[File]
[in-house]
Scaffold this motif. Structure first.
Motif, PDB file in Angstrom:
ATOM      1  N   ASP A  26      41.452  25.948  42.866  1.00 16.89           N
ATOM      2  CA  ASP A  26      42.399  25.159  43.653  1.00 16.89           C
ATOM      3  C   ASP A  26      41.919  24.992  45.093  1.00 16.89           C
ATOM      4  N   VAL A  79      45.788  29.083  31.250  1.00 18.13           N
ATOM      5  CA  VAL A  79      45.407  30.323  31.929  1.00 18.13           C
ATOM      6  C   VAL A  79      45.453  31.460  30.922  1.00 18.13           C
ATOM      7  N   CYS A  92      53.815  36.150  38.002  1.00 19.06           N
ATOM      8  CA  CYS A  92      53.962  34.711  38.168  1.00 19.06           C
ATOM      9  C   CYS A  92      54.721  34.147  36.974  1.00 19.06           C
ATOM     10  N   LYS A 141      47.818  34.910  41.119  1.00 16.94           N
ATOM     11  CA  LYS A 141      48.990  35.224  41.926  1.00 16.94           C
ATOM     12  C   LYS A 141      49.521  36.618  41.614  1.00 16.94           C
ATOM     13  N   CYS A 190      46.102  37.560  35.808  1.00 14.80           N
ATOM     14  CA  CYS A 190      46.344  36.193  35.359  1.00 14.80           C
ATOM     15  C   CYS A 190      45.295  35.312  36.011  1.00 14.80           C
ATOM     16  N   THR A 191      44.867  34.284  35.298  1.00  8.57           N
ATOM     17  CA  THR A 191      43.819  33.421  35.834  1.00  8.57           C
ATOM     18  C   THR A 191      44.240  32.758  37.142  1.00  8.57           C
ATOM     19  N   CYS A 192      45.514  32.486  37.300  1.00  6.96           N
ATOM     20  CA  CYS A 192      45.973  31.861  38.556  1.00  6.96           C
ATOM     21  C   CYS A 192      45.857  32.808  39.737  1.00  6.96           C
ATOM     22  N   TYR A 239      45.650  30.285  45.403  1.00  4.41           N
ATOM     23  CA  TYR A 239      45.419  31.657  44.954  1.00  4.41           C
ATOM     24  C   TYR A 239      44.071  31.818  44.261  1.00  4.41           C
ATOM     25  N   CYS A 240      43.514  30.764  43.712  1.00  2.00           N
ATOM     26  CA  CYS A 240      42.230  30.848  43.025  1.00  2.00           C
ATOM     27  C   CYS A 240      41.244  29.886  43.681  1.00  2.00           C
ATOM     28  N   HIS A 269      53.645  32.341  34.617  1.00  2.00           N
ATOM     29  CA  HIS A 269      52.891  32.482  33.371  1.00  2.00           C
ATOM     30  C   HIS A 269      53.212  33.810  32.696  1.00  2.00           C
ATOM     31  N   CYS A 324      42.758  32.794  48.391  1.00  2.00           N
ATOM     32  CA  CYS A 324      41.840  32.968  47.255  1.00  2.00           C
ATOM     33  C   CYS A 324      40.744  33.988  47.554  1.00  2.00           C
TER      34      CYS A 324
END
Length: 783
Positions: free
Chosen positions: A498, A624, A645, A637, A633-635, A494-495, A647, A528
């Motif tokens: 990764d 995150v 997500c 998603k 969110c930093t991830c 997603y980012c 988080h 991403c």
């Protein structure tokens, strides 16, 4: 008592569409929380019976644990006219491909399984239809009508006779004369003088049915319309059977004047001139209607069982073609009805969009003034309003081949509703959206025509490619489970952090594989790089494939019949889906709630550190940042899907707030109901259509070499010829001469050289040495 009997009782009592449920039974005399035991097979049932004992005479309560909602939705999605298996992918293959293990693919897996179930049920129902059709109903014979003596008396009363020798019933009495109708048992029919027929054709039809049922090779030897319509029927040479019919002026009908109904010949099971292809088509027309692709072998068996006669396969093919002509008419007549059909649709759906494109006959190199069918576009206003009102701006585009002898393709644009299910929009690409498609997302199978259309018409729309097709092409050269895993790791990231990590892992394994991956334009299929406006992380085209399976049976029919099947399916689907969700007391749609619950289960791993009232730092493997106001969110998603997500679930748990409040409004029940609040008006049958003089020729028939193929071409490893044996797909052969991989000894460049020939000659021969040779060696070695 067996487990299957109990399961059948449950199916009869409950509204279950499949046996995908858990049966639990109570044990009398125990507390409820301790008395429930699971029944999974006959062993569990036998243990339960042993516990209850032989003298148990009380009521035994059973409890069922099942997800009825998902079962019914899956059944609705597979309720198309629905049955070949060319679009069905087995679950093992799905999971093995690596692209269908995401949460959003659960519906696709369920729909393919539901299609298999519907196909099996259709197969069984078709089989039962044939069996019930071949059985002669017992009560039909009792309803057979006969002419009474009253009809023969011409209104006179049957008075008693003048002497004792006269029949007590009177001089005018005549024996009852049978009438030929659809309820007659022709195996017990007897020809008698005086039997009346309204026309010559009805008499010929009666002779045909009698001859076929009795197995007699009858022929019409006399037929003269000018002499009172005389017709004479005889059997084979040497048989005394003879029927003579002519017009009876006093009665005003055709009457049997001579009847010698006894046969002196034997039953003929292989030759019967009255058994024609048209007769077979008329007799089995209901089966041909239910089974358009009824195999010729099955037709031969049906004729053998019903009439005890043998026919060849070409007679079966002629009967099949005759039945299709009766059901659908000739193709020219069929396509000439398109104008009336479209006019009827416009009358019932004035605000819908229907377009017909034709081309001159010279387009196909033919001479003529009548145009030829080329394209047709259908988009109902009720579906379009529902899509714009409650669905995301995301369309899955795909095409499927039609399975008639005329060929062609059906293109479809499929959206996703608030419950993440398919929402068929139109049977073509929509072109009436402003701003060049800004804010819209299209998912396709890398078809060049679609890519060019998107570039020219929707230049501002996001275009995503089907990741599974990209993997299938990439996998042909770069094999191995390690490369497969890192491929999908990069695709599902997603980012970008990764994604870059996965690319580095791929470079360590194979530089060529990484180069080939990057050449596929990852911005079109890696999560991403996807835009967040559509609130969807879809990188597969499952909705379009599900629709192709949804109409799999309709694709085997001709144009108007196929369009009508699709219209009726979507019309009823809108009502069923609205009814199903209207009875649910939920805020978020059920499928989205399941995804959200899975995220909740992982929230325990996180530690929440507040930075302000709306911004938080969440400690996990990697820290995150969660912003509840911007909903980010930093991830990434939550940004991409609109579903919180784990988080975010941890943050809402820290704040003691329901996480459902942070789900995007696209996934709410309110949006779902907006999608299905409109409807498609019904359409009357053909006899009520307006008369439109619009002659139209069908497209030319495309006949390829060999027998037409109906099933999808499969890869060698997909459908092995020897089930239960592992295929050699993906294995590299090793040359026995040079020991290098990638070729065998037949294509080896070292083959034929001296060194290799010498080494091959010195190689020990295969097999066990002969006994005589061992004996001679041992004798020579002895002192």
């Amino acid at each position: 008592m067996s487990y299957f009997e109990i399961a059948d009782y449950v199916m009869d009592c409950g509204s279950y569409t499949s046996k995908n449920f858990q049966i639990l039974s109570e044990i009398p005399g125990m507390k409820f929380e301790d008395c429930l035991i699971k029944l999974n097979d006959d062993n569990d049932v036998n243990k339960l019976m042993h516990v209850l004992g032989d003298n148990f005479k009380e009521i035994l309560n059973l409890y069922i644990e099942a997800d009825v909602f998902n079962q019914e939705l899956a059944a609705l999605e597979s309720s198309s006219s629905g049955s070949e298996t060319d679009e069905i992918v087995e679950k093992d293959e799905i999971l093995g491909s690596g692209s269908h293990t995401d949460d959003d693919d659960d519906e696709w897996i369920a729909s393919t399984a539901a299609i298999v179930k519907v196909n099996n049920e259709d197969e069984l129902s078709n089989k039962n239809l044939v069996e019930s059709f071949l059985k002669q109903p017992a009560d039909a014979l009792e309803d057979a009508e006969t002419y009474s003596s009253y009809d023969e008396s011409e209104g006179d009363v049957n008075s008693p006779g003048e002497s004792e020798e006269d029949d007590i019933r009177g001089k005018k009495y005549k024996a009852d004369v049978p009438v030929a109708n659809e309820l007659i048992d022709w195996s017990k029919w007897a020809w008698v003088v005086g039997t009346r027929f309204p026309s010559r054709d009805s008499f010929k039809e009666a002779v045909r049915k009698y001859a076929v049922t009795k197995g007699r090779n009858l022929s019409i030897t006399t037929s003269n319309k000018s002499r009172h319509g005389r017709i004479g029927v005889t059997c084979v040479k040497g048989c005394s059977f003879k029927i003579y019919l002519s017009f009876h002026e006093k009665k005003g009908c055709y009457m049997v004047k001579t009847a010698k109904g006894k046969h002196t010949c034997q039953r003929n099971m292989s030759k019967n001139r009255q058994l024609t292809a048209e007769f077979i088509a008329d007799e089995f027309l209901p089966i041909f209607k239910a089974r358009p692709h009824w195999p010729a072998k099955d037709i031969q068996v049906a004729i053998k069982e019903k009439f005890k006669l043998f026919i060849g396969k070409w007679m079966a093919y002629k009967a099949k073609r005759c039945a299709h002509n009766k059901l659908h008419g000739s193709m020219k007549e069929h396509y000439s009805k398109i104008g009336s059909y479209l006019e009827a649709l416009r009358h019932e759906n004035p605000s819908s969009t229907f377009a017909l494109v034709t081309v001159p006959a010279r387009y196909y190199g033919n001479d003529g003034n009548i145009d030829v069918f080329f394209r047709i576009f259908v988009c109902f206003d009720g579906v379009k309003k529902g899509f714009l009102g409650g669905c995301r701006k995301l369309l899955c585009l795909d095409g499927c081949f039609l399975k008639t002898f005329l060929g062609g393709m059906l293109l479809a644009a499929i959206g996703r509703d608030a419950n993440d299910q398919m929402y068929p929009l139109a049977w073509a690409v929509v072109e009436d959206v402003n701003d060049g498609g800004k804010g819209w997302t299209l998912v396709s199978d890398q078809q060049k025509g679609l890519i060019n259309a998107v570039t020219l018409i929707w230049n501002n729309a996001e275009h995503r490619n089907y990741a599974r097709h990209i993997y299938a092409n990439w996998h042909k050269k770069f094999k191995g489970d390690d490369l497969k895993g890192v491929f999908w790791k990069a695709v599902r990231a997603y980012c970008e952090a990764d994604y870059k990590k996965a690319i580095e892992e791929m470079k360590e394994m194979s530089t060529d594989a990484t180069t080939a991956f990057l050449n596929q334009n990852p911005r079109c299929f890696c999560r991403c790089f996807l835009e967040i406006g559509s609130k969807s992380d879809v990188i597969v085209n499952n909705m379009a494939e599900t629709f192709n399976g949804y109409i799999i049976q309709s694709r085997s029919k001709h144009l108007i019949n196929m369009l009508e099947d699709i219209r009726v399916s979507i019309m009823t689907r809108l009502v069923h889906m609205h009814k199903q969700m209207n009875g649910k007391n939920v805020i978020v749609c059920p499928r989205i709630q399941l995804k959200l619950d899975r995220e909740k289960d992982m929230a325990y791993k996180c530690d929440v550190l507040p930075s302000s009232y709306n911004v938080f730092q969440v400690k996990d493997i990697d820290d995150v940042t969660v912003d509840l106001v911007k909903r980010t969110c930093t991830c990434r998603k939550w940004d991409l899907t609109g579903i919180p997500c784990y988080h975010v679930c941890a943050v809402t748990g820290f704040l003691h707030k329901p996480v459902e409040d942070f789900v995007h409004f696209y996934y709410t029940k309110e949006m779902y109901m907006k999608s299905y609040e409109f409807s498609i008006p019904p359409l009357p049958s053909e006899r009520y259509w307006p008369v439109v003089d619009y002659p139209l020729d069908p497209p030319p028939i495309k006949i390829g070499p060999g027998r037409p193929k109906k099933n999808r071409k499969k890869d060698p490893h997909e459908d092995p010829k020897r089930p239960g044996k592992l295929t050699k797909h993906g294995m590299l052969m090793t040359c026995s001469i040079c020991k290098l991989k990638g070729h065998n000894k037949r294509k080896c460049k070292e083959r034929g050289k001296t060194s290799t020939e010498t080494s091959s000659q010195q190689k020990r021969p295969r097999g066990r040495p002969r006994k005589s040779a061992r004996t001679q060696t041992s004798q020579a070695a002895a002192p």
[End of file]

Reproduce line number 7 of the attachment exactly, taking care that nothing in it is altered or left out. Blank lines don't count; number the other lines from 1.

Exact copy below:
ATOM      4  N   VAL A  79      45.788  29.083  31.250  1.00 18.13           N